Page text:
My Queue

There are no Videos in your queue.

Click on the Add to next to any video to save to your queue.

There are no Articles in your queue.

Click on the Add to next to any article to save to your queue.

There are no Podcasts in your queue.

Click on the Add to next to any podcast episode to save to your queue.

You're not following any authors.

Click the Follow button on any author page to keep up with the latest content from your favorite authors.


Who Are Your Clients?

Get to know potential customers with market research.
2 min read
Opinions expressed by Entrepreneur contributors are their own.

Q: I need to reach potential clients for our environmental engineering consulting firm to learn about their buying habits, styles, personality types and favorite ways of receiving advertising or communications. How do you recommend I learn about them?

A: Telephone surveys are a terrific way to gather in-depth information on B2B prospect groups, as they often have a higher completion rate than written surveys. It's best to rely on the services of a qualified research company, though finding one with expertise in your field may take a bit of legwork. You can start with the searchable database of research firms published by Quirk's Marketing Research Review or by contacting the leading trade publications in your field for specific referrals and published lists of research companies.

Once you've selected a research firm, you should provide an outline of what you want to learn from your survey and discuss the most logical order in which to present a total of about eight to 10 questions. It will be the firm's job to design a 10-minute telephone survey that relies predominantly on closed-ended questions (those that can be answered with yes or no or a multiple-choice answer) but also incorporates a few open-ended questions that allow your prospects to answer in their own words. Focusing on closed-ended questions will make the survey results easier to analyze, particularly if you have a large survey group. If you're looking for predominately qualitative information, you may need to talk with as few as 50 prospects, but if you want projectable data with a low margin of error, several hundred completed surveys will be required.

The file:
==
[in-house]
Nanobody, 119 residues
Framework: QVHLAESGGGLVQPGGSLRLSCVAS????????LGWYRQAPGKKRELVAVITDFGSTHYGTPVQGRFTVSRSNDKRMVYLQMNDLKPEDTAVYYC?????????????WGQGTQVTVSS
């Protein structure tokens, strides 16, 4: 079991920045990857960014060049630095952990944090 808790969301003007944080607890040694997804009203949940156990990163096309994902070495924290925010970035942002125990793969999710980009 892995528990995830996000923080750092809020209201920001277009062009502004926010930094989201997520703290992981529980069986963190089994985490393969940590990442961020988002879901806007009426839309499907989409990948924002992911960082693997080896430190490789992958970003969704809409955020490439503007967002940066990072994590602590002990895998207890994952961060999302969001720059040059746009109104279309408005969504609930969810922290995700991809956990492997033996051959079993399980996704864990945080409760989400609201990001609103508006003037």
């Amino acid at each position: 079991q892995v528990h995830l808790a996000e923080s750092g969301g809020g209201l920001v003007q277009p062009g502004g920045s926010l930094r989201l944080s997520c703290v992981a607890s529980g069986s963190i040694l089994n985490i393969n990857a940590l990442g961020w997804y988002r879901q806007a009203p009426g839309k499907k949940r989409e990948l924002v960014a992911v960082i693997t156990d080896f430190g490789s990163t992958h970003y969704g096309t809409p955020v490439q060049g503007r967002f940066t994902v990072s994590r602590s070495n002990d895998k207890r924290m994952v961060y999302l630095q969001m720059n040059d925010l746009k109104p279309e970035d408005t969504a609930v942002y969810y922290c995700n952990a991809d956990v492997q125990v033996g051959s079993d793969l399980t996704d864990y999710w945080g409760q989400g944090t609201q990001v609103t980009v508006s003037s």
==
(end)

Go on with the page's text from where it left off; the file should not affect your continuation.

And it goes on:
Is your prospect base quite small? If so, you may choose not to hire a research firm and instead approach this as a sales challenge. Design a call report (a form used to record the outcome of each sales contact) that includes all your most important questions, and use it diligently when calling on your prospects by phone or in person. This is the best way to build relationships while gathering the vital data you need.

More from Entrepreneur

Kim's expertise can help you become a strong leader, pitch VCs for capital, and develop a growth strategy.
In as little as seven months, the Entrepreneur Authors program will turn your ideas and expertise into a professionally presented book.
Are you paying too much for business insurance? Do you have critical gaps in your coverage? Trust Entrepreneur to help you find out.

Latest on Entrepreneur